As one fellow southwestern PA coal miner’s granddaughter wrote to the local Washington, PA newspaper recently: “Citizens in the coalfields need to be heard regarding his qualifications. If Pizarchik leads the OSM, it will be a continuation of “the fox watching the hen house,” where money rules and health in not an issue.” You can watch Pizarchik’s hearing here.
As always, Charleston Gazette coalfield journalist Ken Ward has filed several in-depth stories on his Coal Tattoo blog. On the issue of coal ash dumping, Pizarchik has been in the forefront of coal ash pollution deniers, even after a 2007 study released by Clean Air Task Force (CATF) and Earthjustice found that “Disposing of coal ash in mines is contaminating water supplies throughout Pennsylvania…In 10 of 15 mines examined across the state, groundwater and streams near areas where coal ash, or coal combustion waste, was placed had levels of arsenic, lead, cadmium and selenium and other pollutants above safe standards.”
An analysis of the report concluded:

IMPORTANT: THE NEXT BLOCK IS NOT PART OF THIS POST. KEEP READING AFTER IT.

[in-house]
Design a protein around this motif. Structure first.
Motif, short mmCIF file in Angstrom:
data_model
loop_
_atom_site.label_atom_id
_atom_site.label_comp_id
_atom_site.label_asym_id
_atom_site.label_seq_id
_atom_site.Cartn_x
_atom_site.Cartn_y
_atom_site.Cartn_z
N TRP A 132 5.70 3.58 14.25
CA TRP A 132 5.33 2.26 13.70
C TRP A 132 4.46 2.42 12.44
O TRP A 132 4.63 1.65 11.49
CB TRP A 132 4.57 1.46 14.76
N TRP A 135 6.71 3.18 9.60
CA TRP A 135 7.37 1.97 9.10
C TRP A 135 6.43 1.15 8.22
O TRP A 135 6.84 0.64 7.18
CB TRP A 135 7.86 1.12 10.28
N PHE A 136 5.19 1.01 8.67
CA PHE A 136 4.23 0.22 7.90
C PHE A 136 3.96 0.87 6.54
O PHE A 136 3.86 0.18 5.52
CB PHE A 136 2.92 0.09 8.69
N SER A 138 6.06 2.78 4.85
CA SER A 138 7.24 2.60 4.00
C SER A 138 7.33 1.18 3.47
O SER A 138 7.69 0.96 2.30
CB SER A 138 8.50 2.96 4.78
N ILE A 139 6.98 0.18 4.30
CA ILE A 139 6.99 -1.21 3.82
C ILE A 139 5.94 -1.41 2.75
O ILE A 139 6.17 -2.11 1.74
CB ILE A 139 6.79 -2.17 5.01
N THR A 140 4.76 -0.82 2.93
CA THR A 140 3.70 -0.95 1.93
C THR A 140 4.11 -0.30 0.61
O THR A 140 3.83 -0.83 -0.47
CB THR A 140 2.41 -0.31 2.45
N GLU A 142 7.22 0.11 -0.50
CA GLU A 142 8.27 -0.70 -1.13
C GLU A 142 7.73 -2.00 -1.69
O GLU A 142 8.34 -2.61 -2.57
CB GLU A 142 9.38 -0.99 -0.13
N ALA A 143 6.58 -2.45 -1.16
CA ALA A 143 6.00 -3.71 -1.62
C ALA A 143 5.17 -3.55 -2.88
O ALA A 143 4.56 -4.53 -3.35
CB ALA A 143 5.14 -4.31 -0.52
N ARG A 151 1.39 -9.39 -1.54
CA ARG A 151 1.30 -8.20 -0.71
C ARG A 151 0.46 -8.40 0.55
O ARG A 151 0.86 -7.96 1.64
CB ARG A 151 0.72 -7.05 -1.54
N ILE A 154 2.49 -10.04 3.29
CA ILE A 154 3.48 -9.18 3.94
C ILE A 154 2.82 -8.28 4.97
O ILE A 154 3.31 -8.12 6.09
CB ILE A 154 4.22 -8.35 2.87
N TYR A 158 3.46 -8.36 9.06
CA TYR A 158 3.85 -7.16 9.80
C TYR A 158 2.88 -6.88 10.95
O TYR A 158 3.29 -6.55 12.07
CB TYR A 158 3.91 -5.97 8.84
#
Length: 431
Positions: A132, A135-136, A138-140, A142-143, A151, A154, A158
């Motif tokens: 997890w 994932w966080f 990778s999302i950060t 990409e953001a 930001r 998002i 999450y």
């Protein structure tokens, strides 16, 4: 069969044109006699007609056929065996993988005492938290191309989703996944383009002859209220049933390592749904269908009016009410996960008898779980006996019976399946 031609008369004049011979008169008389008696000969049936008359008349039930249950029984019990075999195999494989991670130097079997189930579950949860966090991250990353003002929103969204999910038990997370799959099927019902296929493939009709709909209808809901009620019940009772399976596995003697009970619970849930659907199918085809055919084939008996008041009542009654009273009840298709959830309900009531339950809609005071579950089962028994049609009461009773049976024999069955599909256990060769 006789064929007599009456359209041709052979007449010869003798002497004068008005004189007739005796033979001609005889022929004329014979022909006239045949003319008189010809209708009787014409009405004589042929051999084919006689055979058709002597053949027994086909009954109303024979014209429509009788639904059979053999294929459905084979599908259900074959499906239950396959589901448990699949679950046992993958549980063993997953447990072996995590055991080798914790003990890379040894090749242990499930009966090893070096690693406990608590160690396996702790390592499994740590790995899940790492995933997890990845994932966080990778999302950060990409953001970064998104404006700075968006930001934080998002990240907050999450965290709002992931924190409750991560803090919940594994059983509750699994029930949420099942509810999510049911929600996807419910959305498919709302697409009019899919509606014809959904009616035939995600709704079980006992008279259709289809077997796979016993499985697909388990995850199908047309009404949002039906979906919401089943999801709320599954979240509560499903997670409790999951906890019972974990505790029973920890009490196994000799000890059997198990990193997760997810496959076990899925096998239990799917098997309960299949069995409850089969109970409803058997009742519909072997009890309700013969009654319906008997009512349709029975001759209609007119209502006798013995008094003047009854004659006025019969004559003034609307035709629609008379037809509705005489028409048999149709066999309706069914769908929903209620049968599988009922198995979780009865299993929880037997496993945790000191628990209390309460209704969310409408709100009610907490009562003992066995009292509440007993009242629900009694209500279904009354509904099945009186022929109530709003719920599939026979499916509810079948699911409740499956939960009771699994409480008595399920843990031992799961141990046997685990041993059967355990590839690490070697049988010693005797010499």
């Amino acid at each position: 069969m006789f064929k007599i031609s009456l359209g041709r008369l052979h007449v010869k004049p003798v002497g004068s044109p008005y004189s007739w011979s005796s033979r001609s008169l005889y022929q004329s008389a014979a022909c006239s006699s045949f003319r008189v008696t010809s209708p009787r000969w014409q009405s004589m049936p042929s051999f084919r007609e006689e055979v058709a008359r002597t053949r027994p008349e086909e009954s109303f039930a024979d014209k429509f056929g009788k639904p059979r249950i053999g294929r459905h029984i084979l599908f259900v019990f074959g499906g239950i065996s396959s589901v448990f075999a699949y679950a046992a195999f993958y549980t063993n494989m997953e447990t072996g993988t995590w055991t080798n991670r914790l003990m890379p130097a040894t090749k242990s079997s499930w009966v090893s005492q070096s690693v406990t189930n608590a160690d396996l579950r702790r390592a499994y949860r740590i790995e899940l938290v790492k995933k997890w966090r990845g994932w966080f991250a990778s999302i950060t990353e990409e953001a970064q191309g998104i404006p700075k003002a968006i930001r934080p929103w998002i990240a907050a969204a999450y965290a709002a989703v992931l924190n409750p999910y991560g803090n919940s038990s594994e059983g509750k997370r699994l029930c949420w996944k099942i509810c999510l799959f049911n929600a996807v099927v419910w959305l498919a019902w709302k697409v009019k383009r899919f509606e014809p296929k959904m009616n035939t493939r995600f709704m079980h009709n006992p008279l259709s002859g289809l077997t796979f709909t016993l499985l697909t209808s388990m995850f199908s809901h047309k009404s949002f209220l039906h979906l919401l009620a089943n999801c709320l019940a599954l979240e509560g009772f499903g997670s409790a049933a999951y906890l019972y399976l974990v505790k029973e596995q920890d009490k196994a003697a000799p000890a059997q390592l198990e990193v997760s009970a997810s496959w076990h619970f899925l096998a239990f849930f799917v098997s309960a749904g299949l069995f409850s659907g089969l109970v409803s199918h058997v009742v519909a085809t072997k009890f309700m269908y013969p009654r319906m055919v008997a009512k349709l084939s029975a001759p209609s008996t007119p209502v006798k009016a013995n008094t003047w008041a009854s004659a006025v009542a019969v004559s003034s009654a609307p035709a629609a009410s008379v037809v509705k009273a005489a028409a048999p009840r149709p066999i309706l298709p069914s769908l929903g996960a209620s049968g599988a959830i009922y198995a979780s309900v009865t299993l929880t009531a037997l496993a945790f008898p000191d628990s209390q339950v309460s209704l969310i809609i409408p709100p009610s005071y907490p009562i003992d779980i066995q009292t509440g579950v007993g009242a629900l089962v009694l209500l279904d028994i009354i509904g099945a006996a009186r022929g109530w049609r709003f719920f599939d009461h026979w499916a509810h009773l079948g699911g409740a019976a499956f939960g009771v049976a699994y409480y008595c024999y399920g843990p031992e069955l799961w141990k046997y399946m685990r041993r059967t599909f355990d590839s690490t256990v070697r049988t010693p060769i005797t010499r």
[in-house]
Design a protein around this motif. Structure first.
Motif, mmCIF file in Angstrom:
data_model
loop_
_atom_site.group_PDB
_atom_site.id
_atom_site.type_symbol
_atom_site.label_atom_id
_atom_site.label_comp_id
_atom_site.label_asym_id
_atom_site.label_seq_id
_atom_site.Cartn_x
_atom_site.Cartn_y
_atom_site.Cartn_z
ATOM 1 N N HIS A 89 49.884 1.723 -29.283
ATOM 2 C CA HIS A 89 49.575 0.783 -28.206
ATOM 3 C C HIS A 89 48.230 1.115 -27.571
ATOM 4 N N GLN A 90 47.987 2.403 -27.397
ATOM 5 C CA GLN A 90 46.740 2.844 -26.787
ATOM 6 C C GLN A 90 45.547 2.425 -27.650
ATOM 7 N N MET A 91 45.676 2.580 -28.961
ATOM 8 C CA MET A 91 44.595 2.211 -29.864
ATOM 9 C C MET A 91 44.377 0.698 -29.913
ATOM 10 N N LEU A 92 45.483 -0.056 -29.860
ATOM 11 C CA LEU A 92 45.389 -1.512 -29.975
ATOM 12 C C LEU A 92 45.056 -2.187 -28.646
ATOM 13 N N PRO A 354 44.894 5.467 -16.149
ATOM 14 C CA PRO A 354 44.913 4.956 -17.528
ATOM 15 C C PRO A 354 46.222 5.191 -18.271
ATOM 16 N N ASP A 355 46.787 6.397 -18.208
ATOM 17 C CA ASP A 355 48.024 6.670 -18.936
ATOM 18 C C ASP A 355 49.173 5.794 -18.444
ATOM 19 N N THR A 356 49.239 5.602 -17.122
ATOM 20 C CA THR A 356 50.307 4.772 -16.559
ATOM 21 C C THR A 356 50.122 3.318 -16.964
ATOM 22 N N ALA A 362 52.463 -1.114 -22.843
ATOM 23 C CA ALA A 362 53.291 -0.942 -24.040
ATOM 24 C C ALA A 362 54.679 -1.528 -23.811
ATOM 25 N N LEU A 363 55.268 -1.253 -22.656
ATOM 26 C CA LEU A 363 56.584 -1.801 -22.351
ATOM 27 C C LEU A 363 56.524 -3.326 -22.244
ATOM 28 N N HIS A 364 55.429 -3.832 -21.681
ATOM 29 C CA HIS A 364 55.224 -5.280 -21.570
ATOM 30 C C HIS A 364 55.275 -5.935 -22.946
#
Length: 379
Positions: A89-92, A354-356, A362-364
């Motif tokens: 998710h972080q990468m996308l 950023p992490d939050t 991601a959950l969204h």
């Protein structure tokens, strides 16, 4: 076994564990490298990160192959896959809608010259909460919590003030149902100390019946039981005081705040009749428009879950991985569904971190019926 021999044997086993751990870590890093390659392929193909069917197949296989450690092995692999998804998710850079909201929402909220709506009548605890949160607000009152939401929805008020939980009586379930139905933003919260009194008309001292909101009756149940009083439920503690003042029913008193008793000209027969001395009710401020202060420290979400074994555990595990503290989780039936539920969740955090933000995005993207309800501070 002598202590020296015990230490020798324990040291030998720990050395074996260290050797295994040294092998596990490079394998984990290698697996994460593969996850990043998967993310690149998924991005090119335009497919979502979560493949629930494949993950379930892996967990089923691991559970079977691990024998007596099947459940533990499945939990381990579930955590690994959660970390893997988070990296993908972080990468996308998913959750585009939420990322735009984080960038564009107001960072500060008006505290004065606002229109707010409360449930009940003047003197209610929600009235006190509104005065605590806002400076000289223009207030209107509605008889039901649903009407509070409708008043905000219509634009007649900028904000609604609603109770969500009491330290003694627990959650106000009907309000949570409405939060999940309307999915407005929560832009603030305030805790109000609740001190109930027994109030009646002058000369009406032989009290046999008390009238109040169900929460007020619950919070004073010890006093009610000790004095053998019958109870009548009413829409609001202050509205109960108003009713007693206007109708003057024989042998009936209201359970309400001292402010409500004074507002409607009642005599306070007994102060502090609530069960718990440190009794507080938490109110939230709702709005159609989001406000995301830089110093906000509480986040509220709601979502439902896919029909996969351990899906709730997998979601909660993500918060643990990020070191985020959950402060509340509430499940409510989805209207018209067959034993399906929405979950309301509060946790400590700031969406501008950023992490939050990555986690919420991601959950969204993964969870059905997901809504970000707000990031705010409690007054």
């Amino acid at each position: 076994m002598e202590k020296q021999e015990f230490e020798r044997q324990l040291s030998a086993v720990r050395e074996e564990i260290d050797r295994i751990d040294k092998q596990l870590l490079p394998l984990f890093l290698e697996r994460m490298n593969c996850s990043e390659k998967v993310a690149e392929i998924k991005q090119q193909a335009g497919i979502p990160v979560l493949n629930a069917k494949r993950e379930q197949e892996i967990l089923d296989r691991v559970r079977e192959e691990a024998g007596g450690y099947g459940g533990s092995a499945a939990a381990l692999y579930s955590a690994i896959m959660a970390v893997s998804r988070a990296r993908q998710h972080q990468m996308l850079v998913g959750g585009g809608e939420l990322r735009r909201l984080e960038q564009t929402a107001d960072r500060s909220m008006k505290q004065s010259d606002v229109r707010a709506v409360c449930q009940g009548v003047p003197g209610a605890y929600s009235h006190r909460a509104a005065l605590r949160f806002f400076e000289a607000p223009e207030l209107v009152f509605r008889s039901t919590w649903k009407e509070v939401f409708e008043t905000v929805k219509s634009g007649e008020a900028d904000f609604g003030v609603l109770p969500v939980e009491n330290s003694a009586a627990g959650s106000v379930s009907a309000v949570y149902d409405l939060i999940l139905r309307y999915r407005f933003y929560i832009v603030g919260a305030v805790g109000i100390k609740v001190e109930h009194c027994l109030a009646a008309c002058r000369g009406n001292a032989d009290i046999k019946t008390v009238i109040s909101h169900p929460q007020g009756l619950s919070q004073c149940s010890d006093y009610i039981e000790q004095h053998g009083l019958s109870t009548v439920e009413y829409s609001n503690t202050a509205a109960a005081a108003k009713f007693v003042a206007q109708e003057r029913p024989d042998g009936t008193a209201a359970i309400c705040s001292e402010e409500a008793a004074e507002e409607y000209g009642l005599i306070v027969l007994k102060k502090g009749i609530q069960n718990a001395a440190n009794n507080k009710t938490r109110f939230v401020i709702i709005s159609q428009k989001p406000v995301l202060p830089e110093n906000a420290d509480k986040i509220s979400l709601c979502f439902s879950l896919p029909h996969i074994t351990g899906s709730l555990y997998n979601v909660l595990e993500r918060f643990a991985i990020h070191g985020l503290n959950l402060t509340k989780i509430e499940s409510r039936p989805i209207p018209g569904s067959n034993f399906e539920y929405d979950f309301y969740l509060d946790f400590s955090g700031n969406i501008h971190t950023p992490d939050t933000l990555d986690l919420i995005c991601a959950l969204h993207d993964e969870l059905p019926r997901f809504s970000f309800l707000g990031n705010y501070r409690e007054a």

“Disposing of coal combustion waste in these mines is threatening water supplies all over the state,” said Jeff Stant, director of the Pennsylvania Minefill Research Project at the Clean Air Task Force. “If the Pennsylvania Department of Environmental Protection won’t act now to stop these dangers, the US EPA should step in to protect the residents of Pennsylvania who live near coal ash mine fills.”
And now the head of this PA disaster will be in charge of monitoring strip mining operations?
In a disturbing letter to the Senate Committee on Energy and Natural Resources, which is overseeing the nomination of Pizarchik, Pennsylvania coalfield residents excoriated the nominee for his past work in the PA mining agency. They found:
- Mr. Pizarchik has promoted valley fills. In 2001, as primary regulatory counsel, Pizarchik supervised the drafting of PA DEP regulations implementing Act 114 that weakened the state’s stream buffer zone rule allowing the filling of stream valleys in PA.